2015 Director's Messages Director's Messages

During the holiday season, Small Business Saturday promotes shopping at individually owned businesses to recognize and promote their significant community contributions. It’s always Small Business Day at NCATS, since throughout the year, the Center supports entrepreneurship as an integral part of advancing translational science to get more treatments to more patients more quickly...

At this Thanksgiving time of year, we turn our attention to how very different our family members can be despite sharing the same genes. Diseases turn out to be like families this way — a discovery with profound implications for translational science...

I often write about the NCATS goal to develop, demonstrate and disseminate innovations that speed the translational research process. But what is this “translational science process,” and why is improving it so difficult...

This past January, President Obama announced his intention to launch a Precision Medicine Initiative (PMI) that would enable clinicians to tailor disease prevention and treatment recommendations to each individual based on their particular genetics, environment and lifestyle. Last week, a working group of the NIH Advisory Committee to the Director released a report that includes a PMI vision for a cohort of more than 1 million Americans participating as active partners in the research process...

Creating a new therapeutic is like constructing a building. Both are highly complex, multi-year endeavors that require the contributions of many different disciplines...

I often write about how the inefficiencies so prevalent in the translational process can be turned into opportunities when viewed through the lens of innovation. A striking example is a current statistic in drug development: 80 percent of drugs that enter human testing are never approved for use...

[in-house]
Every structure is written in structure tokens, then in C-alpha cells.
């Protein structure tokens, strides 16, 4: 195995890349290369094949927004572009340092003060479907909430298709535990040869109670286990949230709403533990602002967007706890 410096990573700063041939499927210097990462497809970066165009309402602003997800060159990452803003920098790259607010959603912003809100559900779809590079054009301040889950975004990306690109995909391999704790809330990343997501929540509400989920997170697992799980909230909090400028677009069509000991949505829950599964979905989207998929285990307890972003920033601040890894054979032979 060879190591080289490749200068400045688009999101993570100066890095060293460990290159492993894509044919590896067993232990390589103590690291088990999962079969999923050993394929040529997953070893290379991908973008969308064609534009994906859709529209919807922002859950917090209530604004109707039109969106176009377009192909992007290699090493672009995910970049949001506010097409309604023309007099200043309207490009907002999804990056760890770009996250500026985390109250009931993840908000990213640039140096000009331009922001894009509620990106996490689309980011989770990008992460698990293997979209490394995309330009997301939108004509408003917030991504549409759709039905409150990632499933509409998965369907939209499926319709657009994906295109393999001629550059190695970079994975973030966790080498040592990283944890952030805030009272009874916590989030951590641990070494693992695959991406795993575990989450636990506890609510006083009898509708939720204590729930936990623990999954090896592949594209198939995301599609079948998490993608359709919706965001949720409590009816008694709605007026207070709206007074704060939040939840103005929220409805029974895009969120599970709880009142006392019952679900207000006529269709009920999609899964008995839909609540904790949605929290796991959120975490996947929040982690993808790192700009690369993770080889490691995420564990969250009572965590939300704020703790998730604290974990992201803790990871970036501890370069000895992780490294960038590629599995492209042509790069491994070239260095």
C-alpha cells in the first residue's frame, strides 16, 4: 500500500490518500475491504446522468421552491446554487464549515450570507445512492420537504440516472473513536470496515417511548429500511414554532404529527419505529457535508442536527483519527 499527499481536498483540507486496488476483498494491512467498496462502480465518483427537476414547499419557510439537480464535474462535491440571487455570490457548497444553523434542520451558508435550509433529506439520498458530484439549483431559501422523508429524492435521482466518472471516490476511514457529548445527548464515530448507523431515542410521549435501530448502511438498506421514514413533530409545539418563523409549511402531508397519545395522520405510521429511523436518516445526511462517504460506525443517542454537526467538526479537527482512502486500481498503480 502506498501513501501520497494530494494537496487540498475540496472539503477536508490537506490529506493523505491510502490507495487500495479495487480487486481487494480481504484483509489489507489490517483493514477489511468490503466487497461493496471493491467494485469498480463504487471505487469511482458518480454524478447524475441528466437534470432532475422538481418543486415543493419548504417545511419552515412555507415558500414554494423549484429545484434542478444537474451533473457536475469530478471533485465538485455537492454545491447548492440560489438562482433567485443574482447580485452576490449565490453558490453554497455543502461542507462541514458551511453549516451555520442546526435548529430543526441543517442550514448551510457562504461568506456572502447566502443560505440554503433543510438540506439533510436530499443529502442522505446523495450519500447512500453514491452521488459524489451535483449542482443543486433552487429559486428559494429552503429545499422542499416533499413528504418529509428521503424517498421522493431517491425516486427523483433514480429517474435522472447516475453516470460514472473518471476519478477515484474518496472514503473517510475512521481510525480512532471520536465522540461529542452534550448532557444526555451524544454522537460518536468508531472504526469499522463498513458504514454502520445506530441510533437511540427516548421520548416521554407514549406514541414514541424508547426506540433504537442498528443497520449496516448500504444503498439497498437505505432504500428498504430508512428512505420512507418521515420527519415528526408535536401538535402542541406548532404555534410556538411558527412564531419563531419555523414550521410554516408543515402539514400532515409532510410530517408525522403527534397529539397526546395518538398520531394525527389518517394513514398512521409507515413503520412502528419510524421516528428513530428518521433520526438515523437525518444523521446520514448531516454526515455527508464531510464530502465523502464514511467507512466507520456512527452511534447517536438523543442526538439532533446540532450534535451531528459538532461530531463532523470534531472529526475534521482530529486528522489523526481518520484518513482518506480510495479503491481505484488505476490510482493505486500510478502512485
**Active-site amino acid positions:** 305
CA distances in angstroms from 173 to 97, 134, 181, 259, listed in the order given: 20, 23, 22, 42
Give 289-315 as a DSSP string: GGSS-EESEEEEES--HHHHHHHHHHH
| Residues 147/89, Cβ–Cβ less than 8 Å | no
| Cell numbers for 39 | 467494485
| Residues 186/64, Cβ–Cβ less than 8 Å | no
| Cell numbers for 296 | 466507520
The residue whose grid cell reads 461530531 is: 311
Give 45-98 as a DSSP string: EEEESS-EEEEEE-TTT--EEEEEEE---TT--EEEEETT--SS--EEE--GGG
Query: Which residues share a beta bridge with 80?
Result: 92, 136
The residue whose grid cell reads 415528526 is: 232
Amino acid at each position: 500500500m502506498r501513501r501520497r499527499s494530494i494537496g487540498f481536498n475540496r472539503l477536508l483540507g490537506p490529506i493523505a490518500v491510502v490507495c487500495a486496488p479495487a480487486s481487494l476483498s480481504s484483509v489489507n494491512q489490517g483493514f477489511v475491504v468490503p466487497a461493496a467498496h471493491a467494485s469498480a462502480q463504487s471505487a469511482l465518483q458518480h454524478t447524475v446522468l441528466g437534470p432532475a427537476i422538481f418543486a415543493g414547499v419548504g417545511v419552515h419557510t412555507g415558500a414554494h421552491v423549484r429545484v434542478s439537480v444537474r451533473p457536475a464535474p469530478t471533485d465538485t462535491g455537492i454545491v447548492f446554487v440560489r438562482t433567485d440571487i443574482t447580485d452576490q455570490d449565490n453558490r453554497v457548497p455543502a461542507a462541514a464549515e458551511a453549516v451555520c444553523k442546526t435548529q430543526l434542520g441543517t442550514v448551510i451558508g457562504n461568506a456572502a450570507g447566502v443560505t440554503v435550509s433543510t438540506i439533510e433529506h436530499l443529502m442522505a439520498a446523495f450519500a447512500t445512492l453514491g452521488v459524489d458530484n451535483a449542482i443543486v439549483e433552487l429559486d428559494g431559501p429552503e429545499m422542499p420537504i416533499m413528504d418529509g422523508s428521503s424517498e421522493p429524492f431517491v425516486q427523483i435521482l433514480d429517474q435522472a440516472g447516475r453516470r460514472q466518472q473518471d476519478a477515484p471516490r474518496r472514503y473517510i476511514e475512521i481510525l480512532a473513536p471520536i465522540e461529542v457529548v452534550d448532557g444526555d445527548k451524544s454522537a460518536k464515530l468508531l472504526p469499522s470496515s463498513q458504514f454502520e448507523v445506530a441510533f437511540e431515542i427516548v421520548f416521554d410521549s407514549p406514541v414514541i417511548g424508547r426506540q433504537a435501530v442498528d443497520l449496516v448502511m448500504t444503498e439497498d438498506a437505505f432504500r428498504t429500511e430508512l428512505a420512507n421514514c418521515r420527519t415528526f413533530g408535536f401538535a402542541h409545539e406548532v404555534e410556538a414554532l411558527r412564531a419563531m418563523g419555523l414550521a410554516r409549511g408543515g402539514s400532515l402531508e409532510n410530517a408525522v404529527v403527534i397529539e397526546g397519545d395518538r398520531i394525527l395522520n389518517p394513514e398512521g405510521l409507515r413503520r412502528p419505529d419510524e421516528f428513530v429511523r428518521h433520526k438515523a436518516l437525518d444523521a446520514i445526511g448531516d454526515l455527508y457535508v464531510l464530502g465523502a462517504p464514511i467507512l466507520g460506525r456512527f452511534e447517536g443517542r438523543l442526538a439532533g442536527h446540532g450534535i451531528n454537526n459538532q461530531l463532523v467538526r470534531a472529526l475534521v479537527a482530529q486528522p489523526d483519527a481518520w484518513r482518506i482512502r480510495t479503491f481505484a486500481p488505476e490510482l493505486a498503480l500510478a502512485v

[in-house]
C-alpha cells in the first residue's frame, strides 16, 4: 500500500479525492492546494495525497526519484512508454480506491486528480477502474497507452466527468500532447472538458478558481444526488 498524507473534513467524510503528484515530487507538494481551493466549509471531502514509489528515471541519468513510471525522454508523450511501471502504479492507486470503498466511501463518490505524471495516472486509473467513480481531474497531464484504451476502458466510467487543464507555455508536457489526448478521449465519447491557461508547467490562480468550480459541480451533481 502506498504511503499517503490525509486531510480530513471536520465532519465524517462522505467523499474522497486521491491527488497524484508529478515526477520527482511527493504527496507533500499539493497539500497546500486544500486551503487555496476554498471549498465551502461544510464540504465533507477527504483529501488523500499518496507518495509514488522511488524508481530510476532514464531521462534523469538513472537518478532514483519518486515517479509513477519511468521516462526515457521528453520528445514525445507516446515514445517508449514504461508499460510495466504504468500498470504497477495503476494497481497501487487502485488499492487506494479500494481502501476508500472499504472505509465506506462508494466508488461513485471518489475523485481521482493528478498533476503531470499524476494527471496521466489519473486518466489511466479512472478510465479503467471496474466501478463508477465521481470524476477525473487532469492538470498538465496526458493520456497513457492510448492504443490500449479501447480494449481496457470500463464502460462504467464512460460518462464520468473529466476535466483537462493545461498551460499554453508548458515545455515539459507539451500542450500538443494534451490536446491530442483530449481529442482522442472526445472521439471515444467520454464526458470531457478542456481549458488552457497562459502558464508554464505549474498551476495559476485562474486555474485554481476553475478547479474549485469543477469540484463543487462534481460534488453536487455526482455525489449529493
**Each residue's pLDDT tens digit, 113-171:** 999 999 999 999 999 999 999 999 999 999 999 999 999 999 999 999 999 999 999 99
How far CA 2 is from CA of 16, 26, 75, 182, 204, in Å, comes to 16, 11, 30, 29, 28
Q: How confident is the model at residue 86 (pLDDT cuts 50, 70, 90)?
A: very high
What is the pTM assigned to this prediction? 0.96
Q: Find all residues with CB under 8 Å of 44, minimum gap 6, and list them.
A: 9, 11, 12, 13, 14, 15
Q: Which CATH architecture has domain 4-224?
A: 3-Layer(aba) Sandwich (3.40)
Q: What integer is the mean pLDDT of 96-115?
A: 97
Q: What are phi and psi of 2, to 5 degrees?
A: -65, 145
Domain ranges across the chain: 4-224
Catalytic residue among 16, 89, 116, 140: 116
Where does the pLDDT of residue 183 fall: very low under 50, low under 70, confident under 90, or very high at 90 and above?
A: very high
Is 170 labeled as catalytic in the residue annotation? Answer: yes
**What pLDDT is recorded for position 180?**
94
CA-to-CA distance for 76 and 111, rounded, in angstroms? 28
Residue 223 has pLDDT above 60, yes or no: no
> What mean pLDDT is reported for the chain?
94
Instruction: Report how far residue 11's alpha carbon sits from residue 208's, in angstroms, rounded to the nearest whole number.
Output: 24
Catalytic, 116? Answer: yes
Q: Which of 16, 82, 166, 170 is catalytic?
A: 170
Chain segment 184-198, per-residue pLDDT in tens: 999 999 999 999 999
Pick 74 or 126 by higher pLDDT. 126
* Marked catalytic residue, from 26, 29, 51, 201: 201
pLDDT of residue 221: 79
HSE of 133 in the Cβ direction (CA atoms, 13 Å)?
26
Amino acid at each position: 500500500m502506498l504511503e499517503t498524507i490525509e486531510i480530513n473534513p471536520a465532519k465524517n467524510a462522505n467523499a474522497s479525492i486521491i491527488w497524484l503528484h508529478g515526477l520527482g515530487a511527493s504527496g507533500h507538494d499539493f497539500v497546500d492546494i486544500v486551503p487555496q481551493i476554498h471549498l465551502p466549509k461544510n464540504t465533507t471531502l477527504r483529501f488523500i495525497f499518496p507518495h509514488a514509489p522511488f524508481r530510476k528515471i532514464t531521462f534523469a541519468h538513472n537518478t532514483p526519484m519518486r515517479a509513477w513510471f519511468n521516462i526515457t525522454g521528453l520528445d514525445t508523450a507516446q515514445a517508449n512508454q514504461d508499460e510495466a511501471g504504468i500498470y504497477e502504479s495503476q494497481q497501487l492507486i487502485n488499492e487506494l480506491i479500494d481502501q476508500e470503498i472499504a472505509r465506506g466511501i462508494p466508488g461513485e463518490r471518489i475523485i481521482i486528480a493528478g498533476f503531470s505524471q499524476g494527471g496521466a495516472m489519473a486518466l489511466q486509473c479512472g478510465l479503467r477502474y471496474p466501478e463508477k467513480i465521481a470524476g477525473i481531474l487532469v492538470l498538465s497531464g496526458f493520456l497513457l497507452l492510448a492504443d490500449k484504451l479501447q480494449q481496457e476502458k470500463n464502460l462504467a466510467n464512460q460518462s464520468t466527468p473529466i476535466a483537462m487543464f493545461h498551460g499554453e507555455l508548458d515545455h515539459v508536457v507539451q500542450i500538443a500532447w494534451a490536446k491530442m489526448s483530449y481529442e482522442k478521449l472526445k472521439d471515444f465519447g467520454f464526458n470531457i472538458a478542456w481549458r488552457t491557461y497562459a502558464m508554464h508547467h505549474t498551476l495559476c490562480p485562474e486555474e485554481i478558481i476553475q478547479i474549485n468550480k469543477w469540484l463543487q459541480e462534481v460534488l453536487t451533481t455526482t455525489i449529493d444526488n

Although a great deal of painstaking work goes into creating and testing potential new treatments before they are administered to people, the most critical and complex stage of the translational process is the testing of interventions in humans for safety and effectiveness. Because these “clinical trials” often require testing in large numbers of people with a particular type of disease, multiple hospitals or other clinical sites usually are needed to study the intervention in a sufficient number of patients in a timely fashion...

A Japanese proverb says, “None of us is as smart as all of us.” Solving the systemic and highly complex problems of translation will require that adage as a guiding principle...

Last month, I was privileged to play one of my favorite roles — laboratory tour guide — for Maryland Sen. Barbara Mikulski, a longtime and vocal champion of biomedical research. During the tour of NCATS’ laboratories, I used three examples to illustrate our mission of developing translational technologies that will get more treatments to more patients more quickly...

Often in today’s world, the word “chemical” conjures up a toxic, man-made substance that is undoubtedly harmful to human health. The growing consumer demand for “natural” foods and cosmetics illustrates this trend...

On January 30, I attended a White House event where President Obama announced plans for an ambitious new Precision Medicine Initiative. This exciting effort aims to build on recent successes in developing treatments for certain cancers and other conditions, including rare diseases, based on genetic information...

For people living with a rare disease called a lysosomal storage disorder, a tiny mistake in their DNA leads to big problems on the cellular level. Fatty materials called lipids build up in their cells and tissues, and those deposits can damage the brain, nerves, liver and other organs...